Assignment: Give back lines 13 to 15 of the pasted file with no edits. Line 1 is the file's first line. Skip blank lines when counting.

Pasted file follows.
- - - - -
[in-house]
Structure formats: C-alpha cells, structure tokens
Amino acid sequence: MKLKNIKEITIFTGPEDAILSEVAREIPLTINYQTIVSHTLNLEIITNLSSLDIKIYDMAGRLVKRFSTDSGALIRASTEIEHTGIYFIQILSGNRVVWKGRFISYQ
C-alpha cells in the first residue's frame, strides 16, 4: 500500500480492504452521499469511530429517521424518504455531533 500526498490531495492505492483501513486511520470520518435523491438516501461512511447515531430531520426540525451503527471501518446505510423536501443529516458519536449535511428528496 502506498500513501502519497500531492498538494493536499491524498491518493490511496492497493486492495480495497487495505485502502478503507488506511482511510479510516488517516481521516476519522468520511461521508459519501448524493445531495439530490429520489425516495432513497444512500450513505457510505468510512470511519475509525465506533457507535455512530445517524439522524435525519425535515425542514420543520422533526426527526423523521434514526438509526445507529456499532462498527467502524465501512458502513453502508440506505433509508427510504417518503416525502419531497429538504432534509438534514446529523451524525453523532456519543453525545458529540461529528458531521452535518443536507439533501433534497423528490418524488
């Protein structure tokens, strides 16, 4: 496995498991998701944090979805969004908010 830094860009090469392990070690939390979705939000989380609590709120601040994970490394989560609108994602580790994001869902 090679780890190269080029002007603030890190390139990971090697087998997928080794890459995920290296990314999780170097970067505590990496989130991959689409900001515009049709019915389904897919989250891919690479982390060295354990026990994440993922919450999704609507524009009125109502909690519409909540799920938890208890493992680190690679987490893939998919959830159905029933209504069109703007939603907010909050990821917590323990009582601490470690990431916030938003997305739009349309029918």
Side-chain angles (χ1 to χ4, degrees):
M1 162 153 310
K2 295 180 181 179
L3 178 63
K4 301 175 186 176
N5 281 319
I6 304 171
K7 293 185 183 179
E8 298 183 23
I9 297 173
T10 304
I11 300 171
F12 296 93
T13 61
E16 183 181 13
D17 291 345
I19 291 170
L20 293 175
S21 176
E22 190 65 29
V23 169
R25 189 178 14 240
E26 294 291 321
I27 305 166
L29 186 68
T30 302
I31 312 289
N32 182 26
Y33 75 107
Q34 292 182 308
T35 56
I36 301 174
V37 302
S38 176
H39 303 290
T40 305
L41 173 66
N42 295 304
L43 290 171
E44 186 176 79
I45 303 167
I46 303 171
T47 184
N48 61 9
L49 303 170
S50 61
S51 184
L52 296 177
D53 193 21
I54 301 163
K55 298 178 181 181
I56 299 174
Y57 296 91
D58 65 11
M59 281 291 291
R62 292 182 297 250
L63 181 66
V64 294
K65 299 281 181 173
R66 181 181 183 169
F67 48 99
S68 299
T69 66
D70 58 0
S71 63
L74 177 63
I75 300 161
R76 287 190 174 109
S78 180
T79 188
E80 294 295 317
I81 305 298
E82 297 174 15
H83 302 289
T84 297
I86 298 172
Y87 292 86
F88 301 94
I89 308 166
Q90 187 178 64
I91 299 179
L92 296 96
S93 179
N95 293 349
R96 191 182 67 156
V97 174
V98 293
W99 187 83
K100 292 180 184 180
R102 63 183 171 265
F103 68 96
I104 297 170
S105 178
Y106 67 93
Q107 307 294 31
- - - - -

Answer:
K7 293 185 183 179
E8 298 183 23
I9 297 173